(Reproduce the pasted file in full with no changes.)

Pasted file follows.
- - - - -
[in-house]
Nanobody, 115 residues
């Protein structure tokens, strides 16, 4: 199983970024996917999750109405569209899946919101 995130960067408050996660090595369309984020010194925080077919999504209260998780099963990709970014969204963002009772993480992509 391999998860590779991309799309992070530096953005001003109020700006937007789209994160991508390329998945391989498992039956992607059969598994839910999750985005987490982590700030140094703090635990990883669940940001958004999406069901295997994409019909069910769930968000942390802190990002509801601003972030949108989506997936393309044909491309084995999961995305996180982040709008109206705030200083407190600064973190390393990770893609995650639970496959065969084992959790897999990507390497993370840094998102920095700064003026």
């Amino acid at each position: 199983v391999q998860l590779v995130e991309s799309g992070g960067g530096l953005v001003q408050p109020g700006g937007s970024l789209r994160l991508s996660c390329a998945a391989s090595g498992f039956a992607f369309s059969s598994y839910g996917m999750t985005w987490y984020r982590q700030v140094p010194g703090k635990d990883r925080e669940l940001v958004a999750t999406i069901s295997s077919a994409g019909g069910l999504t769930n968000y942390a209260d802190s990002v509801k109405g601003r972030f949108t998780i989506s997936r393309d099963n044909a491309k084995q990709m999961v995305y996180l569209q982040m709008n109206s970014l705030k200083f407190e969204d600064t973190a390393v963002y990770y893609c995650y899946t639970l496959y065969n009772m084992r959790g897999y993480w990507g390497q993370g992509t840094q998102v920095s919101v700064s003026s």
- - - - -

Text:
[in-house]
Nanobody, 115 residues
């Protein structure tokens, strides 16, 4: 199983970024996917999750109405569209899946919101 995130960067408050996660090595369309984020010194925080077919999504209260998780099963990709970014969204963002009772993480992509 391999998860590779991309799309992070530096953005001003109020700006937007789209994160991508390329998945391989498992039956992607059969598994839910999750985005987490982590700030140094703090635990990883669940940001958004999406069901295997994409019909069910769930968000942390802190990002509801601003972030949108989506997936393309044909491309084995999961995305996180982040709008109206705030200083407190600064973190390393990770893609995650639970496959065969084992959790897999990507390497993370840094998102920095700064003026």
């Amino acid at each position: 199983v391999q998860l590779v995130e991309s799309g992070g960067g530096l953005v001003q408050p109020g700006g937007s970024l789209r994160l991508s996660c390329a998945a391989s090595g498992f039956a992607f369309s059969s598994y839910g996917m999750t985005w987490y984020r982590q700030v140094p010194g703090k635990d990883r925080e669940l940001v958004a999750t999406i069901s295997s077919a994409g019909g069910l999504t769930n968000y942390a209260d802190s990002v509801k109405g601003r972030f949108t998780i989506s997936r393309d099963n044909a491309k084995q990709m999961v995305y996180l569209q982040m709008n109206s970014l705030k200083f407190e969204d600064t973190a390393v963002y990770y893609c995650y899946t639970l496959y065969n009772m084992r959790g897999y993480w990507g390497q993370g992509t840094q998102v920095s919101v700064s003026s």